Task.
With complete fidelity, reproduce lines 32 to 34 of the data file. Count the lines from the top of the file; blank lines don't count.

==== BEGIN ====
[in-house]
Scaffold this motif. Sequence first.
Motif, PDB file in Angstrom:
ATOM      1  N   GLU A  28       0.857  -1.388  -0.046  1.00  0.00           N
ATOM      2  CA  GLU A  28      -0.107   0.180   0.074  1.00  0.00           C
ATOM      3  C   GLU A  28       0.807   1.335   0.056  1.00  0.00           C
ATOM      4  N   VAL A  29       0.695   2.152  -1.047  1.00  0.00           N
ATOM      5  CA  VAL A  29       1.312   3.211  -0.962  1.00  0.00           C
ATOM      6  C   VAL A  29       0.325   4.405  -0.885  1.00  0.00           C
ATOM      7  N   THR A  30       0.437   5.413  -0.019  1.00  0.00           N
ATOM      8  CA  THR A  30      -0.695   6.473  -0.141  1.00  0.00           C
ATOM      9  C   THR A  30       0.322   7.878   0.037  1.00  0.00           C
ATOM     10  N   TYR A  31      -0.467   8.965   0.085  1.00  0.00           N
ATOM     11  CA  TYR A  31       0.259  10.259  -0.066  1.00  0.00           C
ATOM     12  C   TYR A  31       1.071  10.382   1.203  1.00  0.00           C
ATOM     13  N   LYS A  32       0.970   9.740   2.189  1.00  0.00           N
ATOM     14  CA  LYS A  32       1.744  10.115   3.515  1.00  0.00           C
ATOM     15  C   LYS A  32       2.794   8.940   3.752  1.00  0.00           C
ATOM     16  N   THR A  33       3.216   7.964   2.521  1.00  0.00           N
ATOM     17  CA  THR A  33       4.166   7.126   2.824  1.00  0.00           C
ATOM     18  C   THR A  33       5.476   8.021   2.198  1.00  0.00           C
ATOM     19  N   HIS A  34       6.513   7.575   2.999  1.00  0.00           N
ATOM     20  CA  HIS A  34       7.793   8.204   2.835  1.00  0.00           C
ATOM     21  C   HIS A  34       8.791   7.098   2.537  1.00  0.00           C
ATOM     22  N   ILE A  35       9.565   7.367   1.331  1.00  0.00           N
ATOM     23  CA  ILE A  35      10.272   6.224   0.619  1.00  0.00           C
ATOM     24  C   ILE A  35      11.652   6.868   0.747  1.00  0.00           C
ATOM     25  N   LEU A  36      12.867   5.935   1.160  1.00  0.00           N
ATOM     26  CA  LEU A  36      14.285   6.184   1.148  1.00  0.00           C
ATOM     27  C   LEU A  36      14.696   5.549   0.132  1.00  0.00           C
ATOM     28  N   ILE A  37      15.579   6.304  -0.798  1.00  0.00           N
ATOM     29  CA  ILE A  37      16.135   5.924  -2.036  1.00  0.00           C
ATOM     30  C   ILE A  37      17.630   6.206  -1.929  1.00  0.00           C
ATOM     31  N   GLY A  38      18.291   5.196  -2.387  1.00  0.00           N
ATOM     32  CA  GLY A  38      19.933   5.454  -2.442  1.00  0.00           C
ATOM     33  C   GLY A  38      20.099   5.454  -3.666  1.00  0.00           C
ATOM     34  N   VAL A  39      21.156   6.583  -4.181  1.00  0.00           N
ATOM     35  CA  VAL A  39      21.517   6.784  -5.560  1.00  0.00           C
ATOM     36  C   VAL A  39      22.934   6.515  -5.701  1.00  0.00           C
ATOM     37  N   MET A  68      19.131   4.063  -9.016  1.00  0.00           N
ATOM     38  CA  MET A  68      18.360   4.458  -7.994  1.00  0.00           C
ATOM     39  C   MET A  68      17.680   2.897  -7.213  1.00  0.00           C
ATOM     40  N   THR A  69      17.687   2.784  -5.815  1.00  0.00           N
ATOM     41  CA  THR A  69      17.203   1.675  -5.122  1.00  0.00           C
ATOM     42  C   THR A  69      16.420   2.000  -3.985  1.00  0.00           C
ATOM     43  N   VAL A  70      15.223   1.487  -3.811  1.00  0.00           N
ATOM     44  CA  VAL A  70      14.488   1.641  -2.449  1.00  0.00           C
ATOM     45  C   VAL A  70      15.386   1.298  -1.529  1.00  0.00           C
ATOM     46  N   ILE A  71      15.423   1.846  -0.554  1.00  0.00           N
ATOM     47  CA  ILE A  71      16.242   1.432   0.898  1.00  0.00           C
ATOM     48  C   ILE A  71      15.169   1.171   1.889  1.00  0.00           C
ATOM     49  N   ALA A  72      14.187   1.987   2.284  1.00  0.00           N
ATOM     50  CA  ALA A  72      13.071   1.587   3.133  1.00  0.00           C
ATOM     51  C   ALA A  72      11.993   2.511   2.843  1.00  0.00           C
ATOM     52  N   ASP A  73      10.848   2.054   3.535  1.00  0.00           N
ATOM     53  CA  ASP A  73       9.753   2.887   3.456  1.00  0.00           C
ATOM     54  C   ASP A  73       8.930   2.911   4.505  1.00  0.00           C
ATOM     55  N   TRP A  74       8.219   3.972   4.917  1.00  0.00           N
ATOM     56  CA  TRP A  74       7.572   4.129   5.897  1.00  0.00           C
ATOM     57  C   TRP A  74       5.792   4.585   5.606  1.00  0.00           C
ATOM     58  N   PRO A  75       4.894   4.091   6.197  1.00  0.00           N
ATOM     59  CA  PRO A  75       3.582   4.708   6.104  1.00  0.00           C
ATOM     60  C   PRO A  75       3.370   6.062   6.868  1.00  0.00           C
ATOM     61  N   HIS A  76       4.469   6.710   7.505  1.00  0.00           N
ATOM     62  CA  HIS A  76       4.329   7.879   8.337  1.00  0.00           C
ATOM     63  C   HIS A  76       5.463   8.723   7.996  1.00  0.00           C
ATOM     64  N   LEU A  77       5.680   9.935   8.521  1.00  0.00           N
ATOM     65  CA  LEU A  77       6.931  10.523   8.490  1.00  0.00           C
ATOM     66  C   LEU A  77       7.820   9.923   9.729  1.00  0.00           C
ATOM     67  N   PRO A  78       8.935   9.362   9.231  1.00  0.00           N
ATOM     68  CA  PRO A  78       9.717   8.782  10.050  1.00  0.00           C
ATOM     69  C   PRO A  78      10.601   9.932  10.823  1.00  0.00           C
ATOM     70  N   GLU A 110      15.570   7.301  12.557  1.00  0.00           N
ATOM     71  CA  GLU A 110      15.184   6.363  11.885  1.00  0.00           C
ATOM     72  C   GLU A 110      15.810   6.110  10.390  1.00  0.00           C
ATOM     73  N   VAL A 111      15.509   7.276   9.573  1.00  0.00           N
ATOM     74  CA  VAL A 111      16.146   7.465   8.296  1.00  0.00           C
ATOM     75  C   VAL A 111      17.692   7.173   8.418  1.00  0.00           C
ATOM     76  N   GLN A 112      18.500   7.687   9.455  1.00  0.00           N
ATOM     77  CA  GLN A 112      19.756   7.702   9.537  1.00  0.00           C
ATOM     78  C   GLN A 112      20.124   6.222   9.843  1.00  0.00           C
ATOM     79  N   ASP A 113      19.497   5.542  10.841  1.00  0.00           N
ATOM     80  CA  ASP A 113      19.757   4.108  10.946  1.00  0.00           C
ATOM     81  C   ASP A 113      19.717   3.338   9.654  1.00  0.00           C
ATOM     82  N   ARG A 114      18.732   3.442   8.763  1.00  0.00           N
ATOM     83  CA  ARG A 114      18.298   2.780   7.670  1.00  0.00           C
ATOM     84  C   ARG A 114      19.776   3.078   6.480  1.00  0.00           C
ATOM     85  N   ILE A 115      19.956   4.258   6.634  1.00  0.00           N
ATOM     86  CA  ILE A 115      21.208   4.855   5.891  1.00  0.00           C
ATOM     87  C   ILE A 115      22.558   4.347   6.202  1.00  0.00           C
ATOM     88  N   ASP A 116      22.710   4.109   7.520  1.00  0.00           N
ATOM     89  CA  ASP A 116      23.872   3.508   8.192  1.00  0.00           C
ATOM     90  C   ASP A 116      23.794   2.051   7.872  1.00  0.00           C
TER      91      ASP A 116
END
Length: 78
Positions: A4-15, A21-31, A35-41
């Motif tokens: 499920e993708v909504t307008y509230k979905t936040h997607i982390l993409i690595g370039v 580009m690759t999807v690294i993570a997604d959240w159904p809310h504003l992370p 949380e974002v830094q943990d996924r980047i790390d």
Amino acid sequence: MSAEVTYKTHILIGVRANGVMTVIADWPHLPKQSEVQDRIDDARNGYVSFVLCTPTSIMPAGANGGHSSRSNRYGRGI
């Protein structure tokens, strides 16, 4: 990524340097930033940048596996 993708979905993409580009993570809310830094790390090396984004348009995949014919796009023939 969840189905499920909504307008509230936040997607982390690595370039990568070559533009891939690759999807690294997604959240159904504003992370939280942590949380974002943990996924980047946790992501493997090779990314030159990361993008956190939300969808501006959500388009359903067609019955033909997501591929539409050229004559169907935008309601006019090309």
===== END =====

ATOM     29  CA  ILE A  37      16.135   5.924  -2.036  1.00  0.00           C
ATOM     30  C   ILE A  37      17.630   6.206  -1.929  1.00  0.00           C
ATOM     31  N   GLY A  38      18.291   5.196  -2.387  1.00  0.00           N